Need new eSATA card

Discussion in 'Mac Pro' started by alphaod, Nov 4, 2009.

  1. alphaod macrumors Core

    alphaod

    Joined:
    Feb 9, 2008
    Location:
    NYC
    #1
    I'm up for upgrading again. I have an external drive that's currently running on FW800, but I have too many FW800 drives, so instead of daisy chaining all my drive, I wish to run said enclosure via eSATA. Unfortunately I have run out of PCIe slots. My decisions is to replace the Areca ARC-1212 I currently have with something with eSATA on it. It needs to be bootable obviously. Maybe if I don't have to rebuild the RAID that would be even better. Any recommendations?

    Basically the cards I have:
    GTX 285 in Slot 1, Areca ARC-1212 in Slot 2, USB 2.0 card in Slot 3, RAID battery in Slot 4.

    Yes I know I can remove the battery, but that would make my RAID-5 risky. I don't want to just double stick the battery somewhere. I could remove the USB card, but I'd run of USB ports.
     
  2. nanofrog macrumors G4

    Joined:
    May 6, 2008
    #2
    You'd need to move the battery from slot 4 to another location in the system, not remove it alltogether. You might have to splice the wiring to extend the length (depending on where you can place it), and I'd recommned using velcro or zip ties. A peice of plastic sheet might be needed to prevent shorts, especially if it's on a case surface or against some other board.

    It might be a little tough, but I think it's doable, and won't require you to buy anything.

    That's one thing I don't care for about PCI bracket mounted batteries. They can get in the way. I usually remove them from the bracket.

    A pic of your internals might give me a few ideas as to where you can locate it.

    If you pull the ARC-1212, you'll lose the data. It's a proper hardware controller, and the initialization process on any software RAID (or another brand of proper RAID card), will wipe the data. So restoration from backups is an absolute necessity if you do this.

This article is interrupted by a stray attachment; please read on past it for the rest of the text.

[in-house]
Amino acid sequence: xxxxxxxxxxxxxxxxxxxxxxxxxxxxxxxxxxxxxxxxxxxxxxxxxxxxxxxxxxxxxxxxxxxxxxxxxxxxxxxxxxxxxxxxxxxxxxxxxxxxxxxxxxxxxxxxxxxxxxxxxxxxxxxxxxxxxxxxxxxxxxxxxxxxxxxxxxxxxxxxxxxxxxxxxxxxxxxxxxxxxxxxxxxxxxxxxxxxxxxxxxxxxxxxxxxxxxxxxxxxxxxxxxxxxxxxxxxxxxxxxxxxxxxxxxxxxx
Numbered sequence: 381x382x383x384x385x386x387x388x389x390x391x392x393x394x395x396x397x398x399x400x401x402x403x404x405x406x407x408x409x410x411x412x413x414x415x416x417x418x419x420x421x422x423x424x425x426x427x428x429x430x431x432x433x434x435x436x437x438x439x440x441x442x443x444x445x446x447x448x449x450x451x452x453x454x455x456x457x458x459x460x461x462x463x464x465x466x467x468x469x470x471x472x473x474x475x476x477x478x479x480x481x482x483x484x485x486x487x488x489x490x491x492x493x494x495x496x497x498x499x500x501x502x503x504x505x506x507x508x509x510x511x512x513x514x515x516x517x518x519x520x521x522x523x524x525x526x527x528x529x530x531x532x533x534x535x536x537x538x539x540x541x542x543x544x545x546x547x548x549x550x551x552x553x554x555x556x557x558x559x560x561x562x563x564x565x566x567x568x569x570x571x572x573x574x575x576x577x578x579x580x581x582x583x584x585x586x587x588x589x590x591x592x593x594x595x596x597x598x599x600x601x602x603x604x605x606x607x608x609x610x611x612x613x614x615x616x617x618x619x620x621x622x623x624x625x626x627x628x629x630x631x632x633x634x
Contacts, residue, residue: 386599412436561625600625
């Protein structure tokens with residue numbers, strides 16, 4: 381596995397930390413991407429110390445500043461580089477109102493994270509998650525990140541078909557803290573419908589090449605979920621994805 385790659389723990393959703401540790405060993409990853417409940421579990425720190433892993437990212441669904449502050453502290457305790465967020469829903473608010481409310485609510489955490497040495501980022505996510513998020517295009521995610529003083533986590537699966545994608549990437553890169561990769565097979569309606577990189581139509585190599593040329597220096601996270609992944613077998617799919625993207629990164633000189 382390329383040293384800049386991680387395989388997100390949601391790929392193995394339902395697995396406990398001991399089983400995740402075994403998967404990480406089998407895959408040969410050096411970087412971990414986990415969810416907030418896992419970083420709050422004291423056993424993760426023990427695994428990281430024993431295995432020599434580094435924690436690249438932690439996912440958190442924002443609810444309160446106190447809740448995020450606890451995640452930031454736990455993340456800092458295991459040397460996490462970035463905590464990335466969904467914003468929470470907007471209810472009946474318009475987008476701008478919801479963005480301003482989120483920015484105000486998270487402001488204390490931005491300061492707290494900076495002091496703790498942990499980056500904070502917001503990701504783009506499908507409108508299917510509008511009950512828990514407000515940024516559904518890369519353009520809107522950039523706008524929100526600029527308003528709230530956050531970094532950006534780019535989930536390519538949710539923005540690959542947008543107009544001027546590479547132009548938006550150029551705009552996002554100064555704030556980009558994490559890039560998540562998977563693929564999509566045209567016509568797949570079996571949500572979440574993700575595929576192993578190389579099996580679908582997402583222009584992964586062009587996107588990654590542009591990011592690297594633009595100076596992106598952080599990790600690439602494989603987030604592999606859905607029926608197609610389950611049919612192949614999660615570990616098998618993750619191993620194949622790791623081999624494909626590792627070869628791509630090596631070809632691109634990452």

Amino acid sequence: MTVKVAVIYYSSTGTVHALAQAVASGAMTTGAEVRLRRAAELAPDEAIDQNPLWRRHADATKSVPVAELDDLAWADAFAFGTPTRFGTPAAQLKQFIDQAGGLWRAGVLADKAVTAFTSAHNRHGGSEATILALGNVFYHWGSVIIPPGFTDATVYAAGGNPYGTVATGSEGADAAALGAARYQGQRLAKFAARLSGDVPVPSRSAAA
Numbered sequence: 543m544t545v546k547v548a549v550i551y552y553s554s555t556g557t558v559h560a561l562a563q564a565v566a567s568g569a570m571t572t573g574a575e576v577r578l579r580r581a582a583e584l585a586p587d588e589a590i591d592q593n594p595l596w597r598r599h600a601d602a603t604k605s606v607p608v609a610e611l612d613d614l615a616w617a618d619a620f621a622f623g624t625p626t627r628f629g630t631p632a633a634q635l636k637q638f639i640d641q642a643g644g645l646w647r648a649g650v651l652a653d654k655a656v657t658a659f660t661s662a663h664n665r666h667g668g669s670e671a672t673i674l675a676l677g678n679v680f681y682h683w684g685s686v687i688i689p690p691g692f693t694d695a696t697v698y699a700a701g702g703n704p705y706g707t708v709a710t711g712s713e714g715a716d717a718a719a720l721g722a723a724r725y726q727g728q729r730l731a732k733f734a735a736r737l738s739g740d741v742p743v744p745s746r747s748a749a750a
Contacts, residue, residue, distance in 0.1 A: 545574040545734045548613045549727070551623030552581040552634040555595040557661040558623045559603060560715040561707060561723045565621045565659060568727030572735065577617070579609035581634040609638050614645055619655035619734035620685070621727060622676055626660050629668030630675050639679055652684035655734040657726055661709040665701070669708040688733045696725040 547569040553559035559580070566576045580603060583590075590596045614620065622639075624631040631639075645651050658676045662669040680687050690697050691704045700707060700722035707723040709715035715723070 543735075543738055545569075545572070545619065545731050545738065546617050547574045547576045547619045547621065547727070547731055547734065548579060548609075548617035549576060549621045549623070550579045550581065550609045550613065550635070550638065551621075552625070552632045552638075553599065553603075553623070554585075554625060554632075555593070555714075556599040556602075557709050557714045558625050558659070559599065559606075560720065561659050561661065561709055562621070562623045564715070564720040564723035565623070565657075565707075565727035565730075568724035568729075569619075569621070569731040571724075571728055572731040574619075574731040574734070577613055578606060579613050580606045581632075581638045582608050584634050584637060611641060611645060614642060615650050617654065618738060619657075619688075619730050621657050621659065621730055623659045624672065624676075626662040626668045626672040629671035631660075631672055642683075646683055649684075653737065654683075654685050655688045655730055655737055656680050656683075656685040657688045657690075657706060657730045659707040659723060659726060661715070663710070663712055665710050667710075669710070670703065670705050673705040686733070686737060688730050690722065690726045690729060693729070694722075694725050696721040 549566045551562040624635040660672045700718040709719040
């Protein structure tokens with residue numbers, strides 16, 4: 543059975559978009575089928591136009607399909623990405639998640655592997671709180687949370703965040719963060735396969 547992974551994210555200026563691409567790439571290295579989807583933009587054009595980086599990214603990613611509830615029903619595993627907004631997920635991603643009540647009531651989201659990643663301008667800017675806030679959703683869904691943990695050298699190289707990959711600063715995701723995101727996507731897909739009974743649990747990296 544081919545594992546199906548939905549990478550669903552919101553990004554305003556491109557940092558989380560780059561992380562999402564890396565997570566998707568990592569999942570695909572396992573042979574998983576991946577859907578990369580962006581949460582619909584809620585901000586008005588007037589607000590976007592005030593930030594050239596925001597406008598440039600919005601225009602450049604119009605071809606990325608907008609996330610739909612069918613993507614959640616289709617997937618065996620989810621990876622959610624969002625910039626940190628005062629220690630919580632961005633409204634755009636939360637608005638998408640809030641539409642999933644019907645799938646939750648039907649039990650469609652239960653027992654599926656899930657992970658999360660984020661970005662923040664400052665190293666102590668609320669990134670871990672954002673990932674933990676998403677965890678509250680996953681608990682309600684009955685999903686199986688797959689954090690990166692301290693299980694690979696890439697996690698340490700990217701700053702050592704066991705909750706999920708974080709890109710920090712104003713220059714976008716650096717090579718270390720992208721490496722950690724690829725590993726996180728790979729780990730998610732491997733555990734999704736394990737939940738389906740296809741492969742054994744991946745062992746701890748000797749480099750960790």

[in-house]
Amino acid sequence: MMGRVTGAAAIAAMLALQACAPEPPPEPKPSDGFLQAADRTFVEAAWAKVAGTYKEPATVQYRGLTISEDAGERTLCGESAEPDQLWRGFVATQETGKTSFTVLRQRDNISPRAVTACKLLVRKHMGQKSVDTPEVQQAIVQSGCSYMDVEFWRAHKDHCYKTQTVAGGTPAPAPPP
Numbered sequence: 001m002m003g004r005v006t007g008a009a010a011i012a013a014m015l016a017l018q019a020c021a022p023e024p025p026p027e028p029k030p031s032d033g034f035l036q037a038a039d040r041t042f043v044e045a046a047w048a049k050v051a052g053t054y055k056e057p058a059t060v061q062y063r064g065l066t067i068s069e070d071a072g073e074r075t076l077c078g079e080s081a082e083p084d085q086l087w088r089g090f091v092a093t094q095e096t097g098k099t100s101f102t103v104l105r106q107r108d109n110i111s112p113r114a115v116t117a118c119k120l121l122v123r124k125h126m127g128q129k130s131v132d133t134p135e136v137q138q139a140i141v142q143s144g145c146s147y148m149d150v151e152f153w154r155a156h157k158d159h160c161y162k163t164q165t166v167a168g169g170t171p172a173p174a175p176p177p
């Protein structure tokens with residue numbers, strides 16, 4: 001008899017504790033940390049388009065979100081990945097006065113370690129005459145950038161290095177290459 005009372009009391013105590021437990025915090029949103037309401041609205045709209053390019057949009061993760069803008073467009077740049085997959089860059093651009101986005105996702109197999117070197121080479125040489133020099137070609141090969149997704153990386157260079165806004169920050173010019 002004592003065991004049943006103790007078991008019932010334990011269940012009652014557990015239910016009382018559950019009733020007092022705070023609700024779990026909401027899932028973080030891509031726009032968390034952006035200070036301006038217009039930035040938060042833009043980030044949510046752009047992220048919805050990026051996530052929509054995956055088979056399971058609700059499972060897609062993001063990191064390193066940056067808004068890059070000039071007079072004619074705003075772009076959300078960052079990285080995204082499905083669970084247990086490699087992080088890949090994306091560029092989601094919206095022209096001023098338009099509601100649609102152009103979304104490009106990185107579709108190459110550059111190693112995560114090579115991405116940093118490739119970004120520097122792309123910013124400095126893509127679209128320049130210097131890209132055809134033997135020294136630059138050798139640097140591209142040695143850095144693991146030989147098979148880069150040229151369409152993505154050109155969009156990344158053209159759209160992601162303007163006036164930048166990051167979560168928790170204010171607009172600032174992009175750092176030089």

If you have to do this, you might be better off from a larger port count card (8 port). Not exactly inexpensive, but not terrible either, assuming you plan to sell the old card. I'd think you'd easily get $300USD for it, as they sell for ~$350.
     
  3. UltraNEO* macrumors 601

    UltraNEO*

    Joined:
    Jun 16, 2007
    Location:
    近畿日本
    #3
    When it comes to PCIe slots, it's not something I really worry about but if you really need one for professional applications, then you need one. There's a company out there whom cater for this and manufacture a expensive but useful solution. Enter's magma, formerly Second Wave. Though, Nano's solution is wayyyyy cheaper!
     
  4. alphaod thread starter macrumors Core

    alphaod

    Joined:
    Feb 9, 2008
    Location:
    NYC
    #4
    I don't want to redo my array until I upgrade all my internal drives (and then I can get a newer card). Let's say I relocate the battery to right on the aluminium next to my video card (on top of the CPU section).

    I'd prefer inexpensive, but not super cheap that it would be a POS. Needs to support both OS X and Windows, but not necessarily bootable. RAID support with a proper cache and such would be nice to have. I might not use that feature now, but I would in the future. I'd like to avoid having to loop an internal cable to the outside (since I wouldn't have anywhere to route it and I'm not going to drill a hole in my chassis), so I would prefer something with purely external connections (mix and match is fine too).

    What would you recommend for the card?
     
  5. nanofrog macrumors G4

    Joined:
    May 6, 2008
    #5
    RocketRAID eSATA for Mac

    It's the only that can be booted from on a Mac AFAIK (has both EFI 32 & 64 firmware). And for that reason, it's not cheap ($230USD).

    It may actually make more sense to get a larger RAID card, and swap. Once you sell off the ARC-1212, it might actually be less expensive than the cost of the Highpoint card. The next size up in the same series is the ARC-1222 ($525USD, and all the ports are internal). You'd have to run a cable out the empty PCI bracket (still moving the battery off the bracket). Cost seems about the same (use the cable that comes with it, so no need to buy one).

    The ARC1680LP would work (it has both an internal and external MiniSAS port on it). So no need to run a cable out the back of the system, but it requires a cable you don't have, or is included with the card. And at ~$660USD (newegg), the Highpoint is less expensive in terms of immediate need.

    Your situation blows. :( Apple can't make anything easy it seems. :rolleyes:

    If you can lose the boot capability, you can add a Mac compatible eSATA card for ~$25USD (cards that use the SIL3132 chip). It's the "Bootable" aspect that's raking you over the $$$ coals. :eek: :p
     

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